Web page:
By Guy Page
Democrat leaders’ caterwauling about a Vermont Right to Life seminar reveals two things:
- Planned Parenthood owns the leadership of the Vermont Legislature, and
- The state’s largest abortion provider fears Vermont health care workers will demand conscience protection.
Normally, the press doesn’t print stories about continuing education of doctors and nurses because, who cares? But this approved Oct. 2 seminar is different. It examines abortion from a pro-life position. Specifically, it includes a class educating health care providers about their obligations to Hippocrates and rights under the U.S. Constitution when both are threatened by proposed VT Constitutional Amendment 5, which may well go before Vermont voters in November 2022.
Prop 5’s absolutist, universal but-me-no-buts declaration of abortion as a constitutional right would likely put pro-life doctors and nurses in the untenable situation of saying no to a patient’s ‘civil right.’ Just as you can’t say no to serving minorities at a lunch counter (good), you apparently can’t decline to bake a cake for a gay wedding (hmmm), you – if Prop 5 passes – probably could not say no to participating in an abortion – all because The Constitution Says So.
In an attempt to educate health care providers of conscience on this difficult issue, Vermont Right to Life on October 2 will host a “A Life Symposium: Understanding the issues impacting human life at the crossroads of law, medicine, and your community.” The seminar is approved by the UVM School of Medicine for continuing ed credit health care professionals need to retain their licenses.
This seminar’s very existence has Vermont’s Planned Parenthood-approved legislative leadership downright tizzified.
As reported in Seven Days, Senate Pro-Tem Becca Balint (D-Windham) is aghast about a seminar entitled ‘The Case Against Proposal 5’:
“That’s a political discussion,” Balint said. “That is not a discussion for medical professionals doing their job.”
Sen. Balint, you’re so wrong. This isn’t about politics. It’s about the future of Vermont healthcare.
If Prop 5 passes, hundreds of pro-life nurses and other hospital workers will likely face a choice: cover their hands with innocent blood, or quit. One nurse forced to participate in an abortion at UVMMC has already quit. And left Vermont. In Prop 5’s wake hundreds will follow, and who will replace them? It’s like a government-induced forerunner of the Rapture. While the pro-abortion zealots say ‘good riddance,’ health care delivery will suffer for those of us Left Behind.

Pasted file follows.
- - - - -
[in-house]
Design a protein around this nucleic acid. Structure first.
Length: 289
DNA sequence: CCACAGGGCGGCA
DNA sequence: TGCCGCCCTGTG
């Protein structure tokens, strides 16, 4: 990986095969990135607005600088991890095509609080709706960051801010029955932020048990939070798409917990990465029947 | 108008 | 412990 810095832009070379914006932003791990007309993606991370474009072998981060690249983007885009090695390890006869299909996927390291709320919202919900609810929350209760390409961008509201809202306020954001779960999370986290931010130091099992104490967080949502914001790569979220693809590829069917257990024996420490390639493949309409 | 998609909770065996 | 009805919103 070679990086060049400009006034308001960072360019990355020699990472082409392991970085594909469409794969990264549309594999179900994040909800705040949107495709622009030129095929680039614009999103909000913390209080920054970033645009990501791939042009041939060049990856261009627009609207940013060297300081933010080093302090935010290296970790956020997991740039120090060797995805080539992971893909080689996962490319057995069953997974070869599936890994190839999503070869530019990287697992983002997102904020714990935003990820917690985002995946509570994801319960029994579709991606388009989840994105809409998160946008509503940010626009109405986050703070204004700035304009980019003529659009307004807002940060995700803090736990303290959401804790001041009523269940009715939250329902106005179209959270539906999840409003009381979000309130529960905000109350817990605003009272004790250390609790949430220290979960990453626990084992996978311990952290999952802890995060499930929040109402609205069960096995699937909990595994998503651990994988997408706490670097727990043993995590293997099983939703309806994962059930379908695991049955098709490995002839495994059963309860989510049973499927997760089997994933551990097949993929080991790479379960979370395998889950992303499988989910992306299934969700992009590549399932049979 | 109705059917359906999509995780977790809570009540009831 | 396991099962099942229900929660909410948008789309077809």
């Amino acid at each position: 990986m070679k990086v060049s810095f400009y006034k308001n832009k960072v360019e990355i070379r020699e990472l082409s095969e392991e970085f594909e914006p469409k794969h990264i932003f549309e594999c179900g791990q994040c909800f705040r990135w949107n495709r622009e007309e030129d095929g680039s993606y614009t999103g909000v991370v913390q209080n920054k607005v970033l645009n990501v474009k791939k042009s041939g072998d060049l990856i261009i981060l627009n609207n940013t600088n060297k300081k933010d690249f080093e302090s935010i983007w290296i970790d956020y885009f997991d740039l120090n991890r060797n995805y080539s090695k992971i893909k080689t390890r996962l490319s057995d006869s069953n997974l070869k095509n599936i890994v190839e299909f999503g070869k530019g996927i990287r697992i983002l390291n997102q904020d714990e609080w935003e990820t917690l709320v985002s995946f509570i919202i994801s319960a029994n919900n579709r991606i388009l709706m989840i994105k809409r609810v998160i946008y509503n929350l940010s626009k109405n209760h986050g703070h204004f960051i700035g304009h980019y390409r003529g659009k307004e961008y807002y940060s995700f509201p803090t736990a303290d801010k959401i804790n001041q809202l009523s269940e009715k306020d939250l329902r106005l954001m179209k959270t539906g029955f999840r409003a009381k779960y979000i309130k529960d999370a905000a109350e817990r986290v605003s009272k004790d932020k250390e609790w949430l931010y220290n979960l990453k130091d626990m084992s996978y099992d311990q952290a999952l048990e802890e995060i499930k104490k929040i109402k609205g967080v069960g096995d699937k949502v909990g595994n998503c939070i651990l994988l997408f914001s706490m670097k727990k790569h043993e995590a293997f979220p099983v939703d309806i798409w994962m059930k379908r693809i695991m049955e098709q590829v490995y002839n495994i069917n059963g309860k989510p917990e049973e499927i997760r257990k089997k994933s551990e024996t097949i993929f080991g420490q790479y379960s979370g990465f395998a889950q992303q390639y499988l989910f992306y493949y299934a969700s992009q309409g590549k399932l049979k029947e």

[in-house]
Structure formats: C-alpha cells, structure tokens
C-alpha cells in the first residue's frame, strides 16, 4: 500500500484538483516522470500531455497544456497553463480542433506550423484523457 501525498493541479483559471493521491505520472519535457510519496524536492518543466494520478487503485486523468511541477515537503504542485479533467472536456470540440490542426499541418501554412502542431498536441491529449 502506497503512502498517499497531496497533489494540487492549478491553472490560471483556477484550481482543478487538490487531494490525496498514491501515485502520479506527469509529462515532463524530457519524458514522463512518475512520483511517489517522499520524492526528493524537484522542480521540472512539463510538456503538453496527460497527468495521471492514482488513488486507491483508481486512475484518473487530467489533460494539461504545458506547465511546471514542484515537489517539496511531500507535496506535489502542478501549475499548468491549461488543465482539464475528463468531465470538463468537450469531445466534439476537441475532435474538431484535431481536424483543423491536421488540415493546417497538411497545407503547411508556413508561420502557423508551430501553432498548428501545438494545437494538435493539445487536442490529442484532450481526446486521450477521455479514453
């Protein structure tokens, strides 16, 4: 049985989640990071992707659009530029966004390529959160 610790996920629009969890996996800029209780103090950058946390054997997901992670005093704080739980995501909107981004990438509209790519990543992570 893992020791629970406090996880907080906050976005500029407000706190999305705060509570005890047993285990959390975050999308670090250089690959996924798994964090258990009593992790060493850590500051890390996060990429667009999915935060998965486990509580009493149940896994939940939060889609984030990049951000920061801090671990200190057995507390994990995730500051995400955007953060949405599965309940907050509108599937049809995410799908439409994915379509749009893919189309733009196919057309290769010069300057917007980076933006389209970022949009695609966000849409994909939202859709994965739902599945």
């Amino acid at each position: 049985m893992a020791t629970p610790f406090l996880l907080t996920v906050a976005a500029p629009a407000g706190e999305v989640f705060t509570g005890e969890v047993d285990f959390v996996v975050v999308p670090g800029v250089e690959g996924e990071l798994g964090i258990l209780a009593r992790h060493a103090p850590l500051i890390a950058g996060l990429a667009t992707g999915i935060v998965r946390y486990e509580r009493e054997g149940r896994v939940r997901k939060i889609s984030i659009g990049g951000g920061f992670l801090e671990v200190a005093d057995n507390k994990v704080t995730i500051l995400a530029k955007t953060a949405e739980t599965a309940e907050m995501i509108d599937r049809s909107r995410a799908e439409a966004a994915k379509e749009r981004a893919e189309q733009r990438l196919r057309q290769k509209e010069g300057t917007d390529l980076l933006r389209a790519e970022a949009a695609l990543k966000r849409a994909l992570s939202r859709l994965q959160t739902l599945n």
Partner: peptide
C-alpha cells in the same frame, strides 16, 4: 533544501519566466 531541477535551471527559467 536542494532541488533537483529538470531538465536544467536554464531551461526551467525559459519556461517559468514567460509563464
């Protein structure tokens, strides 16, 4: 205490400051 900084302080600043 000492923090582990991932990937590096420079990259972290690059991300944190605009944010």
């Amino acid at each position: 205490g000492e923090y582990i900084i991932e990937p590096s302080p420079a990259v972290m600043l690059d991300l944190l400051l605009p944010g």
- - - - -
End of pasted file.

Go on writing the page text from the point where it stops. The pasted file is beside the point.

And it’s about the right to say no to providing morally repellent reproductive surgery. This is a lesson the Vermont Legislature says it has learned. Just this year the Vermont Legislature passed JRH2, a long overdue mea culpa about its active role in decades of sterilizing minorities and others deemed “unfit” to procreate. Were doctors and nurses back then free to say no and keep their jobs? If not, they should have been. And they should be now.
Balint isn’t the only selective amnesiac. Outspoken, influential Vermont Senator Kesha Ram (D-Chittenden) tweeted images of the seminar flyer September 17 and virtue signaled, “I have a hard time believing these are acceptable.”
Ram’s legislative bio proudly states she has been a member of the board of Planned Parenthood of New England. Balint’s bio states she “led the caucus through a successful fight for the most progressive reproductive freedom legislation in the nation” – a reference to 2019’s H57, similar in language to Prop 5. Not surprisingly, the Planned Parenthood Vermont Action Fund publicly endorsed Balint before the 2020 election.
When you are Planned Parenthood, you don’t need to look hard to find a lawmaker who will say what you want them to say. You just start at the top. Balint is the leader of the Senate – Vermont’s version of Sen. Chuck Schumer of NY. Over in the house, Vermont’s Nancy Pelosi is former Planned Parenthood lobbyist and vice-president Jill Krowinski (D-Burlington).
A quick glance at many biographies of legislative leadership and committee chairs shows a similar symbiosis between them and Planned Parenthood. In the words of Alexander Haig, “I am in control.”
But might does not make right. In time, its misuse brings public shame. Its leaders should reflect on the advice they gave themselves this February when they passed JRH2: “the legacy of the eugenics movement continues to influence some of Vermont’s current policies and legislation.”
One such legacy can be found in the life’s work of an influential advocate for Vermont eugenics – Margaret Sanger, best known as the founder of Planned Parenthood.
Sanger planted the seed of legalized abortion. Balint, Ram and Krowinski – and many others – guard the monstrous tree it has become.